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    So Halifax are reporting 17 times the percentage rise Nationwide reported for December (1.7 vs 0.1) and three times the annual percentage rise for 2019- (4% vs 1.4%).

    https://www.nationwide.co.uk/-/media/MainSite/documents/about/house-price-index/2019/Dec_Q4_2019.pdf

    Who are we to believe?

    Does this reflect different regional trends as Halifax tend to have more customers up north generally buying cheaper homes whereas Nationwide was traditionally a southern operator. Because I doubt the housing market trends are the same in Belgravia as Blyth Valley or the same in Surrey as in Sunderland - a 1% rise can vary between £10,000 and £500 depending on the locality!

    Wouldn't it be nice if we just had one index - that was accurate - and gave full data by local authority area? Rather than inconsistent data?
  • MaxiRobriguezMaxiRobriguez Forumite
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    Rich2808 wrote: »
    So Halifax are reporting 17 times the percentage rise Nationwide reported for December (1.7 vs 0.1) and three times the annual percentage rise for 2019- (4% vs 1.4%).

    https://www.nationwide.co.uk/-/media/MainSite/documents/about/house-price-index/2019/Dec_Q4_2019.pdf

    Who are we to believe?

    Does this reflect different regional trends as Halifax tend to have more customers up north generally buying cheaper homes whereas Nationwide was traditionally a southern operator. Because I doubt the housing market trends are the same in Belgravia as Blyth Valley or the same in Surrey as in Sunderland - a 1% rise can vary between £10,000 and £500 depending on the locality!

    Wouldn't it be nice if we just had one index - that was accurate - and gave full data by local authority area? Rather than inconsistent data?

    December is a low volume month anyway, add an election and Brexit into the mix and you have the possibility of large % swings either way because of lack of volume.

    General advice for any sort of trajectory monitoring is to ignore short term and variations above standard deviations and see what medium/longer term is. In this case, medium term is house prices are flat-ish over the last few years but over decade and longer house prices are up. You don't need hindsight to say that's probably going to be true over the next few years and decades respectively, and if you're holding fire on a house purchase or sale waiting for something to change then I'd suggest revisiting expectations because otherwise you'll be waiting a long time.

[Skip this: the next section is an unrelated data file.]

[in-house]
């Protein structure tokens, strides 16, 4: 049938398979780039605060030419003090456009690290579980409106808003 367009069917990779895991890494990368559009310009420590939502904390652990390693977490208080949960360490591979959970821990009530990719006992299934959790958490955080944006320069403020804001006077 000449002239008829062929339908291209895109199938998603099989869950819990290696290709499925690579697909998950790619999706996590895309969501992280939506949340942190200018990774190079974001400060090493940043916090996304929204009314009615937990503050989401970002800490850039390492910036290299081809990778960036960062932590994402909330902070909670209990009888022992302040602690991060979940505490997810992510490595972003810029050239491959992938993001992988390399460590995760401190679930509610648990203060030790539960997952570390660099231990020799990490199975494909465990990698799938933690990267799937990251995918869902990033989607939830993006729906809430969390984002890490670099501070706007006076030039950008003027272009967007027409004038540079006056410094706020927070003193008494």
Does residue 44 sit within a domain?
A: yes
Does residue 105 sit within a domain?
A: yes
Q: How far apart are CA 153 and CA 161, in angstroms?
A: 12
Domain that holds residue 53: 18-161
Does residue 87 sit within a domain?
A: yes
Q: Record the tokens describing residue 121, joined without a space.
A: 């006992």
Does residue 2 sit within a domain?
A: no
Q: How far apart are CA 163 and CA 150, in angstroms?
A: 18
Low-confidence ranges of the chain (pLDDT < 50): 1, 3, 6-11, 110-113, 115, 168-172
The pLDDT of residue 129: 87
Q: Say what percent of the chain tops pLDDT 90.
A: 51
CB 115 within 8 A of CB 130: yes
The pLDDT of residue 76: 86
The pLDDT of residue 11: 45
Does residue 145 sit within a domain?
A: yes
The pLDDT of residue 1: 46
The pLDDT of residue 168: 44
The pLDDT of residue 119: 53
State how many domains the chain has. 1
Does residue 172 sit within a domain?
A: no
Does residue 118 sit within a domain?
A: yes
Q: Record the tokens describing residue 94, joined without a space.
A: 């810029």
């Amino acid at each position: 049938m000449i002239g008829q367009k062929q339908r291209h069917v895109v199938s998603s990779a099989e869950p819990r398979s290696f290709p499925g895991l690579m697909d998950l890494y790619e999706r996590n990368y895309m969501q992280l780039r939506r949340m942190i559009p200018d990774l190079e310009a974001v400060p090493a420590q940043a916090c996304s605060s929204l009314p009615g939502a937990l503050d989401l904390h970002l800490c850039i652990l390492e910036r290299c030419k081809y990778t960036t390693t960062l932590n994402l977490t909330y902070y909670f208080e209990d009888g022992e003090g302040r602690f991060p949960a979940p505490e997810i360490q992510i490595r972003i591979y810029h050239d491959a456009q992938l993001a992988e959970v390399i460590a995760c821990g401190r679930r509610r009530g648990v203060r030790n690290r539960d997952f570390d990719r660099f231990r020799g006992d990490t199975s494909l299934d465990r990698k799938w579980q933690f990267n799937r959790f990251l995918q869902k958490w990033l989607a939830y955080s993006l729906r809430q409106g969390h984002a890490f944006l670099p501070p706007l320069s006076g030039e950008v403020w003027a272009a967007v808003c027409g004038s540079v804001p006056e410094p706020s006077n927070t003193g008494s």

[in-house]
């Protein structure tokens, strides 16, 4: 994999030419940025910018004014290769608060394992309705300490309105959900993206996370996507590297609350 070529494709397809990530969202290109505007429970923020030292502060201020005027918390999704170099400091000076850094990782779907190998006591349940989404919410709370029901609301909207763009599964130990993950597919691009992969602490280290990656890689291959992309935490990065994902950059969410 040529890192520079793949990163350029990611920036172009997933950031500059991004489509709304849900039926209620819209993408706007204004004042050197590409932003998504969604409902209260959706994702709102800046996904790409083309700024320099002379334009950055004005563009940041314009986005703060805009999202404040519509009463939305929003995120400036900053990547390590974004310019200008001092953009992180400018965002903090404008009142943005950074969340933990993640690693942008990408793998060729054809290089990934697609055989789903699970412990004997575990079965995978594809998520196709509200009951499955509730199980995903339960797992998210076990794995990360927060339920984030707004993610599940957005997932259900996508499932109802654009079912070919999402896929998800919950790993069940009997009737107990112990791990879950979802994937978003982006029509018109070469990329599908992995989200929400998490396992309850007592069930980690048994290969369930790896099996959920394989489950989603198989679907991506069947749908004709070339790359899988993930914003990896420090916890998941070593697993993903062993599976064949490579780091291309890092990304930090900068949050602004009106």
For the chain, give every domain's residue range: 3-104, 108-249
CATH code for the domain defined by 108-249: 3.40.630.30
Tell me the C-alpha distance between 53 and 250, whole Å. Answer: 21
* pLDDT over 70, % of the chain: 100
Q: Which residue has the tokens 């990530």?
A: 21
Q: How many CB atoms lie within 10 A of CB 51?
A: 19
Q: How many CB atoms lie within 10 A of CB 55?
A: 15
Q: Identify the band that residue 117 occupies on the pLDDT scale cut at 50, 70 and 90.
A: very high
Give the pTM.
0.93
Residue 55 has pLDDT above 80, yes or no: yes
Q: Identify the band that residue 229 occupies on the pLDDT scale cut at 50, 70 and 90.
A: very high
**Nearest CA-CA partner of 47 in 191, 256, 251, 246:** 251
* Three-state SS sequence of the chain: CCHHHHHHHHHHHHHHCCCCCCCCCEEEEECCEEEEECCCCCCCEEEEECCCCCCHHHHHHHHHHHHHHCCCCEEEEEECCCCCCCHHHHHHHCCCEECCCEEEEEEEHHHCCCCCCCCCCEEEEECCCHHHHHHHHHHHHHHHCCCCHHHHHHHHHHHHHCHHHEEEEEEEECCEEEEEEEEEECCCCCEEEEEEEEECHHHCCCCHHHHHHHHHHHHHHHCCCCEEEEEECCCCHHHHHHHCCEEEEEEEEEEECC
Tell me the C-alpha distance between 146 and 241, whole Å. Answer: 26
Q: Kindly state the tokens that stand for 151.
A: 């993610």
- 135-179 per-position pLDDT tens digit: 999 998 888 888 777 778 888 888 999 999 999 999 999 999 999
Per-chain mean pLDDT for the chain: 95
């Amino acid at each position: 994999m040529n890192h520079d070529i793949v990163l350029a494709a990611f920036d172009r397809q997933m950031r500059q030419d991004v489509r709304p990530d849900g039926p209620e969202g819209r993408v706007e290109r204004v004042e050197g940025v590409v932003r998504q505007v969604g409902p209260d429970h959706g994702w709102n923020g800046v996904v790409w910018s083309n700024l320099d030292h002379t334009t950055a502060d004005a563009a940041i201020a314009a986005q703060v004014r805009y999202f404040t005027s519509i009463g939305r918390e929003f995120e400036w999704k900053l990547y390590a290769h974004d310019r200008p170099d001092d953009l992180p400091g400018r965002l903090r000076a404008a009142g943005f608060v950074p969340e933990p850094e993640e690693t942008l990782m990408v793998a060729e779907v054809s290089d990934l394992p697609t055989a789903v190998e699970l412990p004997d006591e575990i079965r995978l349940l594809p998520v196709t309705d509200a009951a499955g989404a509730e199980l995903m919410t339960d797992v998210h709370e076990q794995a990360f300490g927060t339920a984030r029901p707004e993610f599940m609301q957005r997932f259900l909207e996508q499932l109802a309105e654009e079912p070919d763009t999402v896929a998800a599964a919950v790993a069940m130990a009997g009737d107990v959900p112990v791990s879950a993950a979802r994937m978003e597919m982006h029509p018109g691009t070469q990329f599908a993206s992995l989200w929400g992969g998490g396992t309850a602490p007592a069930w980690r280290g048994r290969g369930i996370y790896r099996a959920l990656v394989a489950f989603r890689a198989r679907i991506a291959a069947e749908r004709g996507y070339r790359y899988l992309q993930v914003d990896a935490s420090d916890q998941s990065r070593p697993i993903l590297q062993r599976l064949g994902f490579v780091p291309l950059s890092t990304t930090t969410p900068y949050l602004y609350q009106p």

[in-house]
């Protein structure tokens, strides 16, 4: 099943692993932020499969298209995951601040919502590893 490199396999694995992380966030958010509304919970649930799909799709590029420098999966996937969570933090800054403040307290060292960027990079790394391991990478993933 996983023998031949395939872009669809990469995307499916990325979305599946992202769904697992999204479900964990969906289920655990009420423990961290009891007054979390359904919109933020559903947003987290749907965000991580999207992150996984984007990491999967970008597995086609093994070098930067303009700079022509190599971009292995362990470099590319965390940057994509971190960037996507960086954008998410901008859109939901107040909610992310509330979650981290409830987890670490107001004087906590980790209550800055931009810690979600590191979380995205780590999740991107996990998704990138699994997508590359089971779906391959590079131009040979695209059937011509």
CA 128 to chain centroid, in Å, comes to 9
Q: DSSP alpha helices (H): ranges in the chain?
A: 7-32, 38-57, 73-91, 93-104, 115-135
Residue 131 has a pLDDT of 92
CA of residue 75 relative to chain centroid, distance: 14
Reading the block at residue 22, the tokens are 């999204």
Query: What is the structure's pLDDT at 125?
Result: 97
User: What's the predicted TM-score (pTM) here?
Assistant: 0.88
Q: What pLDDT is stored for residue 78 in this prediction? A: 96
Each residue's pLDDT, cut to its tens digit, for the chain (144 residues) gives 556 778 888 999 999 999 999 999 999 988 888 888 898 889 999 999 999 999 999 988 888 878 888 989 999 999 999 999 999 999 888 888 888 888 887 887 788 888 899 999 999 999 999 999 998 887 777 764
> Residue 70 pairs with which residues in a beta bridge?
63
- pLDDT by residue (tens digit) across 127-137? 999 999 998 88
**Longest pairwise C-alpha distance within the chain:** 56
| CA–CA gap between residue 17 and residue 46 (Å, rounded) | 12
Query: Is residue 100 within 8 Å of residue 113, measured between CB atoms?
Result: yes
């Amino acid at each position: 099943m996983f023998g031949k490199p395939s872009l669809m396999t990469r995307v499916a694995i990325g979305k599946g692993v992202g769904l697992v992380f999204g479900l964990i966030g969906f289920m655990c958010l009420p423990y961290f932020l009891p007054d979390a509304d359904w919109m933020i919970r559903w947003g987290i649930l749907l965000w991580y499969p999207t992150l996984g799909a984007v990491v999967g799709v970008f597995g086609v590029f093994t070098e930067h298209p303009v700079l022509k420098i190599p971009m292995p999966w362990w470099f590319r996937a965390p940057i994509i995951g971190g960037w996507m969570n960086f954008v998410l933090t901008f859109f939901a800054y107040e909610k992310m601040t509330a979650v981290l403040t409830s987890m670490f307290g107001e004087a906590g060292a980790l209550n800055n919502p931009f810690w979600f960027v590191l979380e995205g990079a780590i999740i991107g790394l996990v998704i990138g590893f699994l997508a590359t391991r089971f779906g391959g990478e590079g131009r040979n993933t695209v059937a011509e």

• fewcloudyfewcloudy Forumite
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    triathlon wrote: »
    https://static.halifax.co.uk/assets/pdf/mortgages/pdf/December-2019-House-Price-Index.pdf

    I am really sorry, yet again, to the more pro crash and destruction fans, but these are the real figures and it's not me or nobody else being "uber bullish"

    I seriously thought we would now be flat lining for a while or a little worse, but it seems as if even I am too bearish these days.

    Obsessed much?
    Feb 2008, 20year lifetime tracker with "Sproggit and Sylvester", 0.14% + base for 2 years, then 0.99% + base for life of mortgage...the interest rate was 5.5% in 2008...
  • triathlontriathlon Forumite
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    fewcloudy wrote: »
    Obsessed much?

    Unbelievable.

    I put a factual article on housing on a housing forum and the critical trolls come out. And yet endless anecdotes from lets say the more downbeat flood this forum and it goes unchecked:)

    Just read another post on this forum minutes ago that just said "property is now overvalued and it will be undervalued one day"... THAT'S IT???:rotfl:

    No evidence, facts or reports, "it just will Guv" approach
    Some very funny people on this board
  • blue_eyesblue_eyes Forumite
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    Rich2808 wrote: »

    Wouldn't it be nice if we just had one index - that was accurate - and gave full data by local authority area? Rather than inconsistent data?

    You could try the land registry actual sold data at
    http://landregistry.data.gov.uk/app/ukhpi/explore although the most recent couple of months always get revalued/revised as more data comes in each new month, affecting the average,

    Can choose month-on-month or year on year, and choose a specific local authority.

    Of course it comes out a bit later than the halifax and nationwide numbers. Works two months back, so December has Oct19 data, mid Jan the Nov data will be out.